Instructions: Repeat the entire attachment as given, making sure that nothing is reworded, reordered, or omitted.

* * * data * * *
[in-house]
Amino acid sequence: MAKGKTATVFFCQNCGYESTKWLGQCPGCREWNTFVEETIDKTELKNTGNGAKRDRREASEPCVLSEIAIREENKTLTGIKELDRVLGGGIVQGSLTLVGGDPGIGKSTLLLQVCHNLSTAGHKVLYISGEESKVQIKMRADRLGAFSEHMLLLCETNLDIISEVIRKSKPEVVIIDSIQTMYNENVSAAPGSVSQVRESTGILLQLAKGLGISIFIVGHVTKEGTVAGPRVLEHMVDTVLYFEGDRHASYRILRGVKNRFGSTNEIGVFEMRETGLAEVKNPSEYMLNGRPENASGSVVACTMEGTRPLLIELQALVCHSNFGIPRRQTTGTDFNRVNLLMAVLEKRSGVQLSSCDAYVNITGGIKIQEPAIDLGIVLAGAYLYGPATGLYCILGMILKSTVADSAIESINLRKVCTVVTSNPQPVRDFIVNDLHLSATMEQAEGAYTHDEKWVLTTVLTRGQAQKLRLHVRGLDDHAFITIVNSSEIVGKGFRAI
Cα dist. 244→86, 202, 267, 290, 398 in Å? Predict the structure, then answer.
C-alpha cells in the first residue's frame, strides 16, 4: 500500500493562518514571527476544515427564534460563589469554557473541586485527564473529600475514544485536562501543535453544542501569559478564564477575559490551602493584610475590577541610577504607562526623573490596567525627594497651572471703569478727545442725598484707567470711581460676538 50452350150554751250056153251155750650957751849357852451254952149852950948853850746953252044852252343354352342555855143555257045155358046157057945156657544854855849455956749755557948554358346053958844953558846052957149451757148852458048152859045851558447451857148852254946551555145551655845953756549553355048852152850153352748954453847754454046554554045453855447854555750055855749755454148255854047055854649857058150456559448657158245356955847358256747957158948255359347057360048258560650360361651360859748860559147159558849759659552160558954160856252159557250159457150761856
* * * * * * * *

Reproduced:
[in-house]
Amino acid sequence: MAKGKTATVFFCQNCGYESTKWLGQCPGCREWNTFVEETIDKTELKNTGNGAKRDRREASEPCVLSEIAIREENKTLTGIKELDRVLGGGIVQGSLTLVGGDPGIGKSTLLLQVCHNLSTAGHKVLYISGEESKVQIKMRADRLGAFSEHMLLLCETNLDIISEVIRKSKPEVVIIDSIQTMYNENVSAAPGSVSQVRESTGILLQLAKGLGISIFIVGHVTKEGTVAGPRVLEHMVDTVLYFEGDRHASYRILRGVKNRFGSTNEIGVFEMRETGLAEVKNPSEYMLNGRPENASGSVVACTMEGTRPLLIELQALVCHSNFGIPRRQTTGTDFNRVNLLMAVLEKRSGVQLSSCDAYVNITGGIKIQEPAIDLGIVLAGAYLYGPATGLYCILGMILKSTVADSAIESINLRKVCTVVTSNPQPVRDFIVNDLHLSATMEQAEGAYTHDEKWVLTTVLTRGQAQKLRLHVRGLDDHAFITIVNSSEIVGKGFRAI
Cα dist. 244→86, 202, 267, 290, 398 in Å? Predict the structure, then answer.
C-alpha cells in the first residue's frame, strides 16, 4: 500500500493562518514571527476544515427564534460563589469554557473541586485527564473529600475514544485536562501543535453544542501569559478564564477575559490551602493584610475590577541610577504607562526623573490596567525627594497651572471703569478727545442725598484707567470711581460676538 50452350150554751250056153251155750650957751849357852451254952149852950948853850746953252044852252343354352342555855143555257045155358046157057945156657544854855849455956749755557948554358346053958844953558846052957149451757148852458048152859045851558447451857148852254946551555145551655845953756549553355048852152850153352748954453847754454046554554045453855447854555750055855749755454148255854047055854649857058150456559448657158245356955847358256747957158948255359347057360048258560650360361651360859748860559147159558849759659552160558954160856252159557250159457150761856